According to a recent analysis, the decision to delay operative repair of abdominal aortic aneurysm (AAA) should consider both patient age and local COVID-19 prevalence in addition to aneurysm size. Furthermore, endovascular aneurysm repair (EVAR) should be considered when possible due to a reduced risk of harm and lower resource utilisation.
Writing in the Journal of Vascular Surgery, Brandon McGuinness (McMaster University, Hamilton General Hospital, Hamilton, Canada) and colleagues note that the worldwide COVID-19 pandemic has forced healthcare systems to delay elective operations, including AAA repair, to conserve resources. The present study provides a structured analysis of the decision to delay AAA repair and quantify the potential for harm.
The investigators constructed a decision tree modelling immediate repair of AAA relative to initial non-operative (delayed repair) approach. They considered risk of COVID-19 contraction and mortality, aneurysm rupture, and operative mortality.
McGuinness and colleagues performed a deterministic sensitivity analysis for a range of patient ages (50 to >80), probability of COVID-19 infection (0.01–30%), aneurysm size (5.5–>7cm), and time horizons (3–9 months). They also conducted probabilistic sensitivity analyses (PSA) for three representative ages (60, 70, 80), and analyses for EVAR and open surgical repair.
McGuinness et al report that patients with aneurysms 7cm or greater demonstrated a higher probability of survival when treated with immediate EVAR or open surgical repair, compared to delayed repair, for patients under 80 years of age.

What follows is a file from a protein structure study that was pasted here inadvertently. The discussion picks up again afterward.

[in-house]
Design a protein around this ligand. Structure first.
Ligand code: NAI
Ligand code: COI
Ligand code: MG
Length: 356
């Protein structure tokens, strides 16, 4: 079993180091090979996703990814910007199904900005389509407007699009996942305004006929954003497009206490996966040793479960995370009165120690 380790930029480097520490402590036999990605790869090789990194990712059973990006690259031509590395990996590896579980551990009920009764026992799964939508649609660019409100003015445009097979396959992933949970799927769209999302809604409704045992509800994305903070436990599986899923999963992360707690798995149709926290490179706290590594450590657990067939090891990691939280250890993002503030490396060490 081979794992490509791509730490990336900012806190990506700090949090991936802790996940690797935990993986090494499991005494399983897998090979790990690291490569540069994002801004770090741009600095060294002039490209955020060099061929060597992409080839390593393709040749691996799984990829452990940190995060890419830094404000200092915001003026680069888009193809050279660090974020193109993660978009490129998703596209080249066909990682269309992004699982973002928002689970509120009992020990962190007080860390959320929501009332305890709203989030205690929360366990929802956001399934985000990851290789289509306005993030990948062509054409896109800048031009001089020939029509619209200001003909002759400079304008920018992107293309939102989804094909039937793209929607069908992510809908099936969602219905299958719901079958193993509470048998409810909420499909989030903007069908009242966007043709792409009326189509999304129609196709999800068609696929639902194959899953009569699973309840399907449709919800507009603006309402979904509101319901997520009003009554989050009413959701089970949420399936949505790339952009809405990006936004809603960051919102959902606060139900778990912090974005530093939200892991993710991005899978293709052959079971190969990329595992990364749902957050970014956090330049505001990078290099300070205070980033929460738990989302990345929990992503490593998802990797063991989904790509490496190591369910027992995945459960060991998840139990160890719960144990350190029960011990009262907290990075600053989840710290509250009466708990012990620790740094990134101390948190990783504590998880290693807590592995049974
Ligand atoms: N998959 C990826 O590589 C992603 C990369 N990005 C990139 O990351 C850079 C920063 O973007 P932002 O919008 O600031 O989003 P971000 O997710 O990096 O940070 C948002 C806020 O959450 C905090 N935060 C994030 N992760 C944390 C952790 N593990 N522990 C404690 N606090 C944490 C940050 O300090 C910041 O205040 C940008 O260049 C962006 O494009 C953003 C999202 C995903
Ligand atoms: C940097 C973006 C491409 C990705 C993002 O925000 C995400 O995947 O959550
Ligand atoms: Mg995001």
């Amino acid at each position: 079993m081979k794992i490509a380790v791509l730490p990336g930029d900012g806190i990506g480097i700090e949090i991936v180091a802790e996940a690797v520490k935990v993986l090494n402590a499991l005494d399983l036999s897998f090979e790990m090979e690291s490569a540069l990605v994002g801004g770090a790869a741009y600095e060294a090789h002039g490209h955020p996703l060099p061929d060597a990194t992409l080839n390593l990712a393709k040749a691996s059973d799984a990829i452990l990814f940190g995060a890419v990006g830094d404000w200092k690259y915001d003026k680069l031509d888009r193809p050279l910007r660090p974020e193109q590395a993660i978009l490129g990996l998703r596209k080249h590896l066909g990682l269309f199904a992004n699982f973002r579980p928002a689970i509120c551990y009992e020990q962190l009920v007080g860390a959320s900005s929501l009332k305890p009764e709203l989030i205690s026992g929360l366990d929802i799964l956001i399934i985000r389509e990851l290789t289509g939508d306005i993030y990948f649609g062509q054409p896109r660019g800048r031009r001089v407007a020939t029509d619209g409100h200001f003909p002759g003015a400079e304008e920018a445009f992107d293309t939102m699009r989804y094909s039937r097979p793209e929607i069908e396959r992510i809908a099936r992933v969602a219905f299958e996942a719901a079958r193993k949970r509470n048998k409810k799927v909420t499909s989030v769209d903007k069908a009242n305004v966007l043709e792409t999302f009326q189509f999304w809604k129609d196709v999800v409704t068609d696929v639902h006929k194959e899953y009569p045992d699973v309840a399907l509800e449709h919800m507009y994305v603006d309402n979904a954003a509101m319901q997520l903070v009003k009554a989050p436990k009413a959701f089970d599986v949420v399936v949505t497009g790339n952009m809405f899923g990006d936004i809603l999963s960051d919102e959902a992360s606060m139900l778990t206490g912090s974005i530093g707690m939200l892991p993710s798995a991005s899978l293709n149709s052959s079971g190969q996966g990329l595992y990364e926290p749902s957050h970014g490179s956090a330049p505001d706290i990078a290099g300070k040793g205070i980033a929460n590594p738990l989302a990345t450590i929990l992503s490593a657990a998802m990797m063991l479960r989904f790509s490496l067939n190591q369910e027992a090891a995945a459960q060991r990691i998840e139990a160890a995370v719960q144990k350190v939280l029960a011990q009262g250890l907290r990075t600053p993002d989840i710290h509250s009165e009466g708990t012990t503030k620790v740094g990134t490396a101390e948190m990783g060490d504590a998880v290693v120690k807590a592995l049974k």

When considering EVAR for aneurysms 5.5–6.9cm, immediate repair had a higher probability of survival except in settings with high probability of COVID-19 infection (10–30%) and advanced age (70–85+ years). In addition, a non-operative strategy maximised the probability of survival as patient age or operative risk increased.
Probabilistic sensitivity analyses demonstrated that patients with large aneurysms (>7cm) faced a 5.4–7.7% absolute increase in the probability of mortality with a delay of repair of three months. The authors also note that young patients (60–70 years) with 6–6.9cm aneurysms demonstrated an elevated risk of mortality (1.5–1.9%) with a delay of more than three months. Those with 5–5.9cm aneurysms demonstrated an increased survival with immediate repair in young patients (60), however this was small in magnitude (0.2–0.8%).
Finally, they state that the potential for harm increased as length of surgical delay increased. For elderly patients requiring open surgical repair, in the content of endemic COVID-19, delay of repair improves probability of survival.
Speaking to Vascular News, McGuinness comments on the study findings: “It is important to focus on more than aneurysm size when deciding to delay operative repair of a AAA. Practitioners need to consider the risk their patient faces of perioperative mortality as well as COVID related mortality.”
He adds: “Patients with low operative risk stand to gain the greatest net benefit from operative repair. If they are young and at a low risk of COVID related mortality, they take on a greater risk with delay of surgery. This paper aims to contextualise these other considerations that should go into decision making along with aneurysm size.”
The authors do acknowledge, however, the “constantly evolving” nature of the COVID-19 pandemic and warn that the length of time these recommendations are applicable to practice is “hard to predict”.